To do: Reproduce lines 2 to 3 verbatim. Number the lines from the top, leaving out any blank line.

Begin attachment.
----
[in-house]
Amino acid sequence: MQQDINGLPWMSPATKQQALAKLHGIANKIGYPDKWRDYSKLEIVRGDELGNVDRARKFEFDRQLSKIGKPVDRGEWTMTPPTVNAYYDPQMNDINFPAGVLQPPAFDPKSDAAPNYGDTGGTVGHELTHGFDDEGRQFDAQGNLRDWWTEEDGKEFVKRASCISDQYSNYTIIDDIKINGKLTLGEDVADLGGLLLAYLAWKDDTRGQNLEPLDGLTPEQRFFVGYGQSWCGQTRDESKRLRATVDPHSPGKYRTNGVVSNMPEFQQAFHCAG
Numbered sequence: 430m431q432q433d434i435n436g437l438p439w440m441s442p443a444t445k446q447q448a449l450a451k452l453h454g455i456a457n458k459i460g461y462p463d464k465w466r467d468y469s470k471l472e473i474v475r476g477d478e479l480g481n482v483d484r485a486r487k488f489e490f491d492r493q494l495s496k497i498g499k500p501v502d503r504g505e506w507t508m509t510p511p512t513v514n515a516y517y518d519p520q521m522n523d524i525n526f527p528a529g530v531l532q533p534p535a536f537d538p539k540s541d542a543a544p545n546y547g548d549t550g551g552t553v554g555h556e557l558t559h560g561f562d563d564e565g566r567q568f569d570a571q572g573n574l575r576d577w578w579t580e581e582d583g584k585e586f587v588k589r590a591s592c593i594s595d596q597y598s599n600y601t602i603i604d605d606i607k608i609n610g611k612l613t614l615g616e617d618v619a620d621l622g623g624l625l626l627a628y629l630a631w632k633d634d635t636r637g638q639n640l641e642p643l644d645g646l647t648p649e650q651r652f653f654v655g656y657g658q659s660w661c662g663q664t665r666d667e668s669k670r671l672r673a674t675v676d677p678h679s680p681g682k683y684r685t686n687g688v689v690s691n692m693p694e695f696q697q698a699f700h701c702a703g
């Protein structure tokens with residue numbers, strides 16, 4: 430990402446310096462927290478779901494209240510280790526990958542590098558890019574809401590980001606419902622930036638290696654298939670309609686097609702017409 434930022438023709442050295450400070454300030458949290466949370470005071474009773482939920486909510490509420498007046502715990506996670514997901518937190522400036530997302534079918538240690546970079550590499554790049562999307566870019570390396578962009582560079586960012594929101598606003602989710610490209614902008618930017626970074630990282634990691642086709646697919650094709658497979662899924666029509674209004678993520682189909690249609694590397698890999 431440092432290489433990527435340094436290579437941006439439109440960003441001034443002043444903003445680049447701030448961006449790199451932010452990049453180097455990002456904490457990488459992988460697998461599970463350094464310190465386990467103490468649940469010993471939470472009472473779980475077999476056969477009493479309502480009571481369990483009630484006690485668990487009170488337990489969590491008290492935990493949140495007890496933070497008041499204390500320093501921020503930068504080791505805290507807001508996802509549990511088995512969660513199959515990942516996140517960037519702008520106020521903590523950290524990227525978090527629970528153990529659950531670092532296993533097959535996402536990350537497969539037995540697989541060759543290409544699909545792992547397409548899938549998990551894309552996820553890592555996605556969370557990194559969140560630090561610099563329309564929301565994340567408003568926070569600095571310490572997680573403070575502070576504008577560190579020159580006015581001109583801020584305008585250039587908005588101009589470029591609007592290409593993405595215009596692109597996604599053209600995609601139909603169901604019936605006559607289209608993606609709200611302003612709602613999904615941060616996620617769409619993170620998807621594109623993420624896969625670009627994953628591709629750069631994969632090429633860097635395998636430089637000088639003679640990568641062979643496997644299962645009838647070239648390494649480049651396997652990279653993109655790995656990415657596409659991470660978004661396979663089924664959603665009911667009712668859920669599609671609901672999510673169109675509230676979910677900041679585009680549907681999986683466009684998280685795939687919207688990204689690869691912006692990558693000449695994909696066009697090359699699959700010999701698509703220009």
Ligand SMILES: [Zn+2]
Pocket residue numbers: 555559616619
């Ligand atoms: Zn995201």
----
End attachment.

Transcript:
Amino acid sequence: MQQDINGLPWMSPATKQQALAKLHGIANKIGYPDKWRDYSKLEIVRGDELGNVDRARKFEFDRQLSKIGKPVDRGEWTMTPPTVNAYYDPQMNDINFPAGVLQPPAFDPKSDAAPNYGDTGGTVGHELTHGFDDEGRQFDAQGNLRDWWTEEDGKEFVKRASCISDQYSNYTIIDDIKINGKLTLGEDVADLGGLLLAYLAWKDDTRGQNLEPLDGLTPEQRFFVGYGQSWCGQTRDESKRLRATVDPHSPGKYRTNGVVSNMPEFQQAFHCAG
Numbered sequence: 430m431q432q433d434i435n436g437l438p439w440m441s442p443a444t445k446q447q448a449l450a451k452l453h454g455i456a457n458k459i460g461y462p463d464k465w466r467d468y469s470k471l472e473i474v475r476g477d478e479l480g481n482v483d484r485a486r487k488f489e490f491d492r493q494l495s496k497i498g499k500p501v502d503r504g505e506w507t508m509t510p511p512t513v514n515a516y517y518d519p520q521m522n523d524i525n526f527p528a529g530v531l532q533p534p535a536f537d538p539k540s541d542a543a544p545n546y547g548d549t550g551g552t553v554g555h556e557l558t559h560g561f562d563d564e565g566r567q568f569d570a571q572g573n574l575r576d577w578w579t580e581e582d583g584k585e586f587v588k589r590a591s592c593i594s595d596q597y598s599n600y601t602i603i604d605d606i607k608i609n610g611k612l613t614l615g616e617d618v619a620d621l622g623g624l625l626l627a628y629l630a631w632k633d634d635t636r637g638q639n640l641e642p643l644d645g646l647t648p649e650q651r652f653f654v655g656y657g658q659s660w661c662g663q664t665r666d667e668s669k670r671l672r673a674t675v676d677p678h679s680p681g682k683y684r685t686n687g688v689v690s691n692m693p694e695f696q697q698a699f700h701c702a703g